Retinoids are derivatives of vitamin A which are great at encouraging your cells to renew. They'll prevent the break down of collagen which is the building block of youthful skin. Best to go for one 2% or lower, as any higher will irritate your skin.
NOTE: Retinoid break down in the sunlight, so they're best used at night.
General tips for exfoliating
1. It’s better to under exfoliate than over, and always be cautious when starting to use a new product
2. Start exfoliating once a week and increase the frequency if it’s going well. For most, using it every day will be too much.
3. You can use more than one exfoliant in your routine, but if you’re using new products introduce them one at a time. This means you’ll know if they’re effective and your skin will be able to cope a little better.
4. Watch out for over-exfoliation, if your skin feels tight red or sensitive, your exfoliating routine is too harsh. Take a break for a few days to let your skin recover, then slowly start again.
5. Patch test leave-on products before incorporating them into your routine, especially if you have sensitive skin.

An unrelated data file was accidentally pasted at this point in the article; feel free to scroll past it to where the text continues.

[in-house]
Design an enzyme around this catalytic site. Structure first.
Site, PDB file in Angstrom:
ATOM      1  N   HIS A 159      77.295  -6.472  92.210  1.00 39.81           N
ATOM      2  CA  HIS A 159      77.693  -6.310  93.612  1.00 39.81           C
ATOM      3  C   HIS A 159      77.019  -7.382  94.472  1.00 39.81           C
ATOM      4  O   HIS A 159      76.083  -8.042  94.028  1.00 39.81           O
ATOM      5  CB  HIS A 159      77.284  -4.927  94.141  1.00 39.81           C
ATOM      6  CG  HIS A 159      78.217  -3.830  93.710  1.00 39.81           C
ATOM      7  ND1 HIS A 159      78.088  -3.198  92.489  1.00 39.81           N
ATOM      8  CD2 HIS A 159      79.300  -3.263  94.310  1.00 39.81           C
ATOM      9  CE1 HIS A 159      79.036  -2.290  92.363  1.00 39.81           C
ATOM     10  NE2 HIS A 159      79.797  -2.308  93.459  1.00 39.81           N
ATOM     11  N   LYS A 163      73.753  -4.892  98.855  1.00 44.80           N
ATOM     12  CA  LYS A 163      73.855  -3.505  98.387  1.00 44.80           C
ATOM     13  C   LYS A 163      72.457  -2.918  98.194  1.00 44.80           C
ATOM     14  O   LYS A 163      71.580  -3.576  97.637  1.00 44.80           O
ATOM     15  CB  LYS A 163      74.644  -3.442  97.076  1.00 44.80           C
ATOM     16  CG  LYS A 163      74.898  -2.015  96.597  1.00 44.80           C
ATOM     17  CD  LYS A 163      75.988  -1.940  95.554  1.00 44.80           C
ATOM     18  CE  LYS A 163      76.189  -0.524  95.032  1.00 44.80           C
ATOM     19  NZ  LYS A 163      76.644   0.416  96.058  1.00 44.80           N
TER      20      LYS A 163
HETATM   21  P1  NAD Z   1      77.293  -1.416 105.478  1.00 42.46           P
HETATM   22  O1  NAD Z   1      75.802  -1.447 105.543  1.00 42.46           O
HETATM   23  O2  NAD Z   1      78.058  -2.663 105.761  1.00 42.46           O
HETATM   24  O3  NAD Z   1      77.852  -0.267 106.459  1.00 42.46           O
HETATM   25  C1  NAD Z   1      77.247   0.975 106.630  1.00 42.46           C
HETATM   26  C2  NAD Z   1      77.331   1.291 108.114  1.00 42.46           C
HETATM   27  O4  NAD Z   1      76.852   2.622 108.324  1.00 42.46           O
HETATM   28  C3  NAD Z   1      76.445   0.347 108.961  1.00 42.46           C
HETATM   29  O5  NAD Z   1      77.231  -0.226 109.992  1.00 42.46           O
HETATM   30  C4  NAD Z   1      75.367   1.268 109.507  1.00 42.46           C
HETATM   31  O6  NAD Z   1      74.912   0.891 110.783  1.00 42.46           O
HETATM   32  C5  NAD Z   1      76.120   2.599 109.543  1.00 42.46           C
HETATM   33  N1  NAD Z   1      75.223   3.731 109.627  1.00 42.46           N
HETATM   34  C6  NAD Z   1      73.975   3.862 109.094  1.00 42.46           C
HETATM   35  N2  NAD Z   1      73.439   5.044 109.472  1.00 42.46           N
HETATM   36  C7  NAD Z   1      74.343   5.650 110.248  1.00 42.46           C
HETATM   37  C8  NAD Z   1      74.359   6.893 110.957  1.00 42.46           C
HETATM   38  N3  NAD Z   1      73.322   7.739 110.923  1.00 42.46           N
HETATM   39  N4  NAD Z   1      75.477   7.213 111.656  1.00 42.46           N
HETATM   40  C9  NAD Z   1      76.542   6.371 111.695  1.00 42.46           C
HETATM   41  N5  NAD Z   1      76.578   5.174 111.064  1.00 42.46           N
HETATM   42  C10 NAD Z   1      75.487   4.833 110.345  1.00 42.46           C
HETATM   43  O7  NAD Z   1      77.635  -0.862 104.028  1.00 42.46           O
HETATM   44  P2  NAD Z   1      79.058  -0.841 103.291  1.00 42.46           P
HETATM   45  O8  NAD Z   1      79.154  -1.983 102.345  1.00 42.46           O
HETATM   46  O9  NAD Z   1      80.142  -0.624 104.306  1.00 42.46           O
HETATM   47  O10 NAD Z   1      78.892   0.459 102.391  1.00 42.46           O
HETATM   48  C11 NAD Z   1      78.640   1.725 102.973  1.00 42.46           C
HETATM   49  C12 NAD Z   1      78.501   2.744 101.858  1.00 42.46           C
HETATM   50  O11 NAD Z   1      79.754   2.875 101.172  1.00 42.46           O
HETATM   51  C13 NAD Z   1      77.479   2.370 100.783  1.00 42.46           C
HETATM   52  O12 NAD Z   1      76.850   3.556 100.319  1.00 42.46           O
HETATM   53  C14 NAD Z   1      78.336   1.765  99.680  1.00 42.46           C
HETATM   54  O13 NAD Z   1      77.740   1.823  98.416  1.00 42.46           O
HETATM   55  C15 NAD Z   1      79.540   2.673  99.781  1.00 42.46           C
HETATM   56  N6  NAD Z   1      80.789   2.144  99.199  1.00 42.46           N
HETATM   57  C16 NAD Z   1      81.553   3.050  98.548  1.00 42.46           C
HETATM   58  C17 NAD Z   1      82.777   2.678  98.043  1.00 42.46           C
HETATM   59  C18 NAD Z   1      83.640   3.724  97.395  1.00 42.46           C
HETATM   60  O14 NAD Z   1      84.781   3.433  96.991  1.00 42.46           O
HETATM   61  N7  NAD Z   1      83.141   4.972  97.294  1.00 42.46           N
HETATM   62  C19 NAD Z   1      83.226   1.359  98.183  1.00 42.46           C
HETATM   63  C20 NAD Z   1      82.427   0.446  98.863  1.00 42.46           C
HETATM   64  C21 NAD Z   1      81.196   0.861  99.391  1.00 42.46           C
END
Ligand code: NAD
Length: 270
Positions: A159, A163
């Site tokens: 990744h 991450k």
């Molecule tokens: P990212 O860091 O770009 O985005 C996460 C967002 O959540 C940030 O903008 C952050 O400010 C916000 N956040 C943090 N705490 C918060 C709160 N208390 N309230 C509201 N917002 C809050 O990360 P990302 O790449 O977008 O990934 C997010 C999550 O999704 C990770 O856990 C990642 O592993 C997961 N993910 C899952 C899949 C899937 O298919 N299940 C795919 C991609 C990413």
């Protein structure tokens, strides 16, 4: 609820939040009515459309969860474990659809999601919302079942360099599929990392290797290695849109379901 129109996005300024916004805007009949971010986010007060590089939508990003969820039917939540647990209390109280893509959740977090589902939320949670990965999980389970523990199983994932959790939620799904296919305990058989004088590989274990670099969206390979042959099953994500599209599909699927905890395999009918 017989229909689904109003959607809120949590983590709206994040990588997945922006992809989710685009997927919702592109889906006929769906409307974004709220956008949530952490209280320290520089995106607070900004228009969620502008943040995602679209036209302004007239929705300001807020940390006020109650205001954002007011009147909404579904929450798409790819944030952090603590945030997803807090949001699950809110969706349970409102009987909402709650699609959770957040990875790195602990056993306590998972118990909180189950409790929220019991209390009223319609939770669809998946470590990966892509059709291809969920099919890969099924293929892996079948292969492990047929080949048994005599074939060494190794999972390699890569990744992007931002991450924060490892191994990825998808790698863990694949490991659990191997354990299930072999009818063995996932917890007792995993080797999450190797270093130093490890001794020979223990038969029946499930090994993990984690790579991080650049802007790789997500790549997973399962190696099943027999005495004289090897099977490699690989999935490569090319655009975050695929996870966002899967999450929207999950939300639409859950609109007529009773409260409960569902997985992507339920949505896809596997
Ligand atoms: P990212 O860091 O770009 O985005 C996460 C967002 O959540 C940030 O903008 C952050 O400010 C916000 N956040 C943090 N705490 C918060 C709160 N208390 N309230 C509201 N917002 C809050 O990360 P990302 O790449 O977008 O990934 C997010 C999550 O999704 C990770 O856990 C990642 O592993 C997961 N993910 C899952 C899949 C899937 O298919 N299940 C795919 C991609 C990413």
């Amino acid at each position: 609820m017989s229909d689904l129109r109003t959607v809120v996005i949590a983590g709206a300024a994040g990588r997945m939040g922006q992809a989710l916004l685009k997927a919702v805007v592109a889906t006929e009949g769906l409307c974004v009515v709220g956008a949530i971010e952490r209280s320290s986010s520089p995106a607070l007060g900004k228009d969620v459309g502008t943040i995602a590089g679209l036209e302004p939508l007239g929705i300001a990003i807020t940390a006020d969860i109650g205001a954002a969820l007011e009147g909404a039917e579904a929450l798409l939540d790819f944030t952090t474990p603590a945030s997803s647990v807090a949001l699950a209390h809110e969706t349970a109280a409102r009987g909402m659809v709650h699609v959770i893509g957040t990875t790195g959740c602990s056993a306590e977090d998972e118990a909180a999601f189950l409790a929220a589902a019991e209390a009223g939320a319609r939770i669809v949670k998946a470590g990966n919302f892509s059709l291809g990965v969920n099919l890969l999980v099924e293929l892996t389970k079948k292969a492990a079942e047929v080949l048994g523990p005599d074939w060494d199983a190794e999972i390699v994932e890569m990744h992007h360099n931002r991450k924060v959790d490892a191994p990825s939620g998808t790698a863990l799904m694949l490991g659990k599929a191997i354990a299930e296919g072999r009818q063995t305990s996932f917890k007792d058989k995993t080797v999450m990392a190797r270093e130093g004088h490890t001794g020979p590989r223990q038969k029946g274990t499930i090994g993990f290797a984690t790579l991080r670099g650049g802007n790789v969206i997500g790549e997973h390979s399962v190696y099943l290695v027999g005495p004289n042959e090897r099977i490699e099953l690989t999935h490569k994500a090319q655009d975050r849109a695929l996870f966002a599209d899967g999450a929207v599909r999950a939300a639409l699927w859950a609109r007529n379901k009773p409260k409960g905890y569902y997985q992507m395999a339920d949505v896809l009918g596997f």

6. Always wear SPF, especially when using chemical exfoliants!
Recommendations based on your skin type
When you have dry, flaky skin, it can be tempting to scrub harder – but you can ultimately damage your skin and make it flake more! Start with a gentle physical exfoliation once a week and then after two weeks, introduce a chemical exfoliant every other day. Using Oatmeal and AHAs are particularly great for dry skin as they’re both humectants and will hold on to water, providing extra moisture. If you want to use retinoids, introduce them slowly as they can dry your skin out. And always make sure you moisturize after you exfoliate!
If your skin feels tight, it’s likely your skin is dehydrated. Like dry skin, dehydrated skin can benefit from water-holding oatmeal and AHAs, and remember to still moisturize after exfoliating.
Start with one gentle physical exfoliation method per week, and after two weeks you can begin to introduce a chemical exfoliant. Only increase if your skin doesn’t react! And make sure you apply sunscreen every day.
Start with a physical exfoliant once a week and introduce salicylic acid after two weeks.
Retinoids and AHAs are particularly good for wrinkles and hyperpigmentation, with clinical trials to back up their anti-wrinkle effects. However, both can be irritating, so they should be introduced slowly.
Acne-prone skin requires gentle care as irritation can cause inflammation, making breakouts worse. Salicylic acid and retinoids are particularly good for acne-prone skin because on top of exfoliating, they have other anti-acne actions too.
Exfoliating is great for every skin type, if you know how. It's key to remember that it's better to under exfoliate than over, so start exfoliating every week to see how your skin reacts, and go from there. Be gentle, and if you're using chemical exfoliants use a small percentage to begin with and always, always wear SPF.